This entry was written by hardware and tagged Elektron, Musikmesse, Octatrack, sampler. Leave a comment or view the discussion at the permalink and follow any comments with the RSS feed for this post.
I can’t stop fiddling with the Sampler in DopplerPad (iTunes link). The new upgrade adds some very nice features to one of the best music making applications for the iPhone. Some of what’s new includes Gate Dynamics, Gate Shuffle, Beat Shift, New Samplers and Wifi Sync Loop download.
For more info: www.dopplerpad.com
I’ve owned a few hardware Samplers. When I was in high school my father bought me a Roland S-50. Later, I had an Akai S950 and further down the road a S3000XL. I’ve always thought sampled sounds cut through a mix in a strong interesting way. The best part of a sampler is that if you actually use it to Sample sounds you have audio that’s unique all to you. Make a song out of your kitchen pots and pans rattling? No problem.
I’m thrilled to see Korg is going to release a new hardware Sampler keyboard. The microSampler is the right size, has some effects, mic input, software control and it can apparently attach to an iPhone. I have no idea if all this will add up to yum but milk, sugar, eggs and chocolate usually equals awesome.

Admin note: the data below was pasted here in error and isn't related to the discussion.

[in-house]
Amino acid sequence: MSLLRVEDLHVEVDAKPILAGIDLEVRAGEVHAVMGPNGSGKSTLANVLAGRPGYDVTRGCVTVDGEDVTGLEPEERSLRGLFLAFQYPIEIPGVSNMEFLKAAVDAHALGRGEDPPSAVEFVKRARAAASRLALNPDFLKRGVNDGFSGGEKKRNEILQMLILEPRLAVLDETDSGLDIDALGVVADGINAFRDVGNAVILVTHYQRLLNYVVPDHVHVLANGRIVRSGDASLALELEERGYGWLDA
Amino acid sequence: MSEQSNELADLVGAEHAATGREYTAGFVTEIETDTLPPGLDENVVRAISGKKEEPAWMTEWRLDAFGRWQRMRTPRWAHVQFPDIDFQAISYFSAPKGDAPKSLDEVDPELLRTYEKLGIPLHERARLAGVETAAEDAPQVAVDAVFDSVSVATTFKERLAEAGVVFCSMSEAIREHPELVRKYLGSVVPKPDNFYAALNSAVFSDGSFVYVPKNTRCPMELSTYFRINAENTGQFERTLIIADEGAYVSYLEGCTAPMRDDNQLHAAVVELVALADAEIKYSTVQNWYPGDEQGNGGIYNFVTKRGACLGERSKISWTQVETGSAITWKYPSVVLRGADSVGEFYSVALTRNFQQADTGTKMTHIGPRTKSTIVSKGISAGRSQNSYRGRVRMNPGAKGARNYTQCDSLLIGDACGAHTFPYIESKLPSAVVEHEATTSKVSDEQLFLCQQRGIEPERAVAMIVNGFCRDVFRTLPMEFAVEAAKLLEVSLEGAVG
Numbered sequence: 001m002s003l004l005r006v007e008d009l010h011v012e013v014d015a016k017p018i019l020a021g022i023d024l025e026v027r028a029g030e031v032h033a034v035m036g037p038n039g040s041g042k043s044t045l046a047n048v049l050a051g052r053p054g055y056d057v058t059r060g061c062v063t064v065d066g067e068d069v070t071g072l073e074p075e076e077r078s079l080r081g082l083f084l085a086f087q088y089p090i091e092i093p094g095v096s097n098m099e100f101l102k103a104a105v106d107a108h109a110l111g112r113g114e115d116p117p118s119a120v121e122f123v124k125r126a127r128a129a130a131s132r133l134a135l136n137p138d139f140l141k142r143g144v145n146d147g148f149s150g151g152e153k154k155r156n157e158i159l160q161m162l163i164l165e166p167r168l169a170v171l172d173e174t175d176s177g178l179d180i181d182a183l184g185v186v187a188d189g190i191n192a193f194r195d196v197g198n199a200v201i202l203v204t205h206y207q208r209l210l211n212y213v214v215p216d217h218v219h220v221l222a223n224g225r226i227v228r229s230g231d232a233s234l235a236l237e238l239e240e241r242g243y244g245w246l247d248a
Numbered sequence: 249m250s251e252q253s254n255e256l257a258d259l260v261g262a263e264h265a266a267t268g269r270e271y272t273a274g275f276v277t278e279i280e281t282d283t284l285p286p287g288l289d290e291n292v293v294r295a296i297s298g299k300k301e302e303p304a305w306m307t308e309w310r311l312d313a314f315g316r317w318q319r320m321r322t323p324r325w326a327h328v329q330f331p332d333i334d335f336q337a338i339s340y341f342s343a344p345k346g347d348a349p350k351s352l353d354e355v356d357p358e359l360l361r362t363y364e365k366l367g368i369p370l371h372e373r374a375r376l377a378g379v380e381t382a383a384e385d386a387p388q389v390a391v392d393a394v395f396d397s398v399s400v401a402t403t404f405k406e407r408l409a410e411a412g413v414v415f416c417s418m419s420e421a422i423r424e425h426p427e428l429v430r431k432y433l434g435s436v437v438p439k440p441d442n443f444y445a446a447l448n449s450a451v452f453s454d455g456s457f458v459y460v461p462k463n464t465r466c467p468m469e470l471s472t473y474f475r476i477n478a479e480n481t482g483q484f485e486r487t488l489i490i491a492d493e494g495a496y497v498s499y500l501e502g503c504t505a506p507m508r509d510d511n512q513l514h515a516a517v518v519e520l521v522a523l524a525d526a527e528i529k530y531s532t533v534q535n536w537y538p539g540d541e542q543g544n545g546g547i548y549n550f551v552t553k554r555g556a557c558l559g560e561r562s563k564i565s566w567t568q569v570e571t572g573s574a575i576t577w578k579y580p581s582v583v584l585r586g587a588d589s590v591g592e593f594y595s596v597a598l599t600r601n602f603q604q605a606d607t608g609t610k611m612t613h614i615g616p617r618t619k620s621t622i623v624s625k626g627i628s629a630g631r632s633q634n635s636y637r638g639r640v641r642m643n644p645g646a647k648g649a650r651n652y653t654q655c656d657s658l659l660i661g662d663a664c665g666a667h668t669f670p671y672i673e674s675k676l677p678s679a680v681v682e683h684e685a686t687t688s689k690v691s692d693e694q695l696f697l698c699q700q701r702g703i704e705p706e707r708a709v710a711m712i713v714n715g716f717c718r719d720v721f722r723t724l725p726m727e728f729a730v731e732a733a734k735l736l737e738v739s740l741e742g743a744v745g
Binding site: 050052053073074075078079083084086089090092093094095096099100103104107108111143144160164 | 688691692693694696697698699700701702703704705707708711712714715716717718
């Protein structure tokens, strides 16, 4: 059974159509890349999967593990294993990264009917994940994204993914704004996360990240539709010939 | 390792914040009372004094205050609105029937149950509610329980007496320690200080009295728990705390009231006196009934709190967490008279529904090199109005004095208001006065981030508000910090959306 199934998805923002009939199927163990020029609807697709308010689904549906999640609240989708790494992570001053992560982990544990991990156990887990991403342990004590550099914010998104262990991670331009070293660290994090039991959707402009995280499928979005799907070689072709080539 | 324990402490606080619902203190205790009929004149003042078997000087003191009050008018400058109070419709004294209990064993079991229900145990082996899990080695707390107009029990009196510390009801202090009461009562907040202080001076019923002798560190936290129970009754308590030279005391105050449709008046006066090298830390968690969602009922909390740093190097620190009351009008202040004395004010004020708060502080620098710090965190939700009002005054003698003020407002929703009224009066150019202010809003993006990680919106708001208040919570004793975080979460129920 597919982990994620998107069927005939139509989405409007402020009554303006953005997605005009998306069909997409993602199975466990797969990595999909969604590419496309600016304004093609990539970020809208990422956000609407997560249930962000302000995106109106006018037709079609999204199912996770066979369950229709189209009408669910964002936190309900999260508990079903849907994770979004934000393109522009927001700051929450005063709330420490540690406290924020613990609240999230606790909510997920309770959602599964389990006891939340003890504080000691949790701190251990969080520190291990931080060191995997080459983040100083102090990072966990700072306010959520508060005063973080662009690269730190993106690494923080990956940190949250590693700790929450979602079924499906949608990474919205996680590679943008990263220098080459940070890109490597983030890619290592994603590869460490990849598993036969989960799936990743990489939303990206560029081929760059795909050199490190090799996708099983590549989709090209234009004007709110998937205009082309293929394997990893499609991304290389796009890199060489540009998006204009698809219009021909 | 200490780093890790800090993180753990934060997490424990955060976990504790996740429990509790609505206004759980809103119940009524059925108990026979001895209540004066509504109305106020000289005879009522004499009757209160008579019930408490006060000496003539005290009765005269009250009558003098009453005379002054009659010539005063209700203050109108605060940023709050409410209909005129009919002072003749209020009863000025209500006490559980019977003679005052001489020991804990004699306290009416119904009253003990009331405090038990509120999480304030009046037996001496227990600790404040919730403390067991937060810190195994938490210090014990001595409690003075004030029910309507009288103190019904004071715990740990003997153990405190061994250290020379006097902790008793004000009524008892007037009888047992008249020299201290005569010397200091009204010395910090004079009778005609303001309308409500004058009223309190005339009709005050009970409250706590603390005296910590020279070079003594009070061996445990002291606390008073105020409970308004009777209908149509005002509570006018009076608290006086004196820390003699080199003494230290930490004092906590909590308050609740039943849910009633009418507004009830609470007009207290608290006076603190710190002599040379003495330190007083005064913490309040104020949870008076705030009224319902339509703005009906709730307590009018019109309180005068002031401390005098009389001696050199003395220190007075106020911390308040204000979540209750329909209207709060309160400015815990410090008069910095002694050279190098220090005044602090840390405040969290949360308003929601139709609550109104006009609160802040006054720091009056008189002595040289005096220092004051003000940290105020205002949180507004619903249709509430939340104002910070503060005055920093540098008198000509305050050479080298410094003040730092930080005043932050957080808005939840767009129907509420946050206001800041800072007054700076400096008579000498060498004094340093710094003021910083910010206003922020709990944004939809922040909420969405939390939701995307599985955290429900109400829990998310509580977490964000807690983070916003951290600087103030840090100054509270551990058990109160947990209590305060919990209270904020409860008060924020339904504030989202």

For the first few posts about the microSAMPLER on Matrixsynth: click here
This entry was written by hardware, iPhone and tagged iPhone, Korg, microSAMPLER, sampler, sampling. Leave a comment or view the discussion at the permalink and follow any comments with the RSS feed for this post.
Here’s a no brainer download for musicians. Native Instruments has released a free playback only version of their Sampler Kontakt with two free sample packs. The motivation is to get you into the NI world and buying new packs but that shouldn’t stop you from grabbing the freebie. I always think sample based sounds cut through a mix a little better than pure computer based synthesizers and drums. If you do end up with a collection of Kontakt “Player libraries” you can browse them from inside the plug-in and each library has a cover image and scrolls in a rack ala Reason. Kontakt Player also will operate stand alone so if your somewhere sans sequencer and bored you set to go.
“Building on the success of its predecessor, the free KONTAKT PLAYER allows for innovative, highly playable instruments that leave existing technological and musical limitations behind. The virtually unlimited flexibility of Kontakt Script Processing allows for instruments with unprecedented functionality and musicality.” – Native Instruments
This entry was written by sounds and tagged free, Kontakt, native instruments, sampler. Leave a comment or view the discussion at the permalink and follow any comments with the RSS feed for this post.